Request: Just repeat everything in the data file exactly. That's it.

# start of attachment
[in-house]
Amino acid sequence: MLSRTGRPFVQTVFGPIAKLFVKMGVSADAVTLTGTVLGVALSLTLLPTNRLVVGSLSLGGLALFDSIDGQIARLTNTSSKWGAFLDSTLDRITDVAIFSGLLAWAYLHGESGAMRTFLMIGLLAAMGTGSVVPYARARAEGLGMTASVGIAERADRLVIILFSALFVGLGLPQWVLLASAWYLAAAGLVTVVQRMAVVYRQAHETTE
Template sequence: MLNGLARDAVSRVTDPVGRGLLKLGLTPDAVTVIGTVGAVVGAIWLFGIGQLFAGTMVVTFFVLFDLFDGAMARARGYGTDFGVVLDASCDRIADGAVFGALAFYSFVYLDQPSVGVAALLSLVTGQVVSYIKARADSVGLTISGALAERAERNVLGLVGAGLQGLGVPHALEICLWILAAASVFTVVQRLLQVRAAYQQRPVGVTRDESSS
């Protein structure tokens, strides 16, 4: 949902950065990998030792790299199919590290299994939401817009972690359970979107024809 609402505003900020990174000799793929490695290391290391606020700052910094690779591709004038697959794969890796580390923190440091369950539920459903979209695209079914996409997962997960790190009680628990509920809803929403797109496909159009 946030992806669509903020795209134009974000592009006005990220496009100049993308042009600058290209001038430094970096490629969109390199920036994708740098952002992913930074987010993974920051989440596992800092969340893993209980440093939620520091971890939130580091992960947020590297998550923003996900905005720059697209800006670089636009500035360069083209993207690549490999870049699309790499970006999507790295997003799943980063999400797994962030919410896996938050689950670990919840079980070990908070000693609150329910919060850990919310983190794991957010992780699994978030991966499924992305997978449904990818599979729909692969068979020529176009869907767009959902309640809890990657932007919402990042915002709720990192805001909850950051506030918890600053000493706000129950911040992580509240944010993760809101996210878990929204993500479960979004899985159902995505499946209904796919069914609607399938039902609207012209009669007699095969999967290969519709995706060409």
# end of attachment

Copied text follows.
[in-house]
Amino acid sequence: MLSRTGRPFVQTVFGPIAKLFVKMGVSADAVTLTGTVLGVALSLTLLPTNRLVVGSLSLGGLALFDSIDGQIARLTNTSSKWGAFLDSTLDRITDVAIFSGLLAWAYLHGESGAMRTFLMIGLLAAMGTGSVVPYARARAEGLGMTASVGIAERADRLVIILFSALFVGLGLPQWVLLASAWYLAAAGLVTVVQRMAVVYRQAHETTE
Template sequence: MLNGLARDAVSRVTDPVGRGLLKLGLTPDAVTVIGTVGAVVGAIWLFGIGQLFAGTMVVTFFVLFDLFDGAMARARGYGTDFGVVLDASCDRIADGAVFGALAFYSFVYLDQPSVGVAALLSLVTGQVVSYIKARADSVGLTISGALAERAERNVLGLVGAGLQGLGVPHALEICLWILAAASVFTVVQRLLQVRAAYQQRPVGVTRDESSS
């Protein structure tokens, strides 16, 4: 949902950065990998030792790299199919590290299994939401817009972690359970979107024809 609402505003900020990174000799793929490695290391290391606020700052910094690779591709004038697959794969890796580390923190440091369950539920459903979209695209079914996409997962997960790190009680628990509920809803929403797109496909159009 946030992806669509903020795209134009974000592009006005990220496009100049993308042009600058290209001038430094970096490629969109390199920036994708740098952002992913930074987010993974920051989440596992800092969340893993209980440093939620520091971890939130580091992960947020590297998550923003996900905005720059697209800006670089636009500035360069083209993207690549490999870049699309790499970006999507790295997003799943980063999400797994962030919410896996938050689950670990919840079980070990908070000693609150329910919060850990919310983190794991957010992780699994978030991966499924992305997978449904990818599979729909692969068979020529176009869907767009959902309640809890990657932007919402990042915002709720990192805001909850950051506030918890600053000493706000129950911040992580509240944010993760809101996210878990929204993500479960979004899985159902995505499946209904796919069914609607399938039902609207012209009669007699095969999967290969519709995706060409």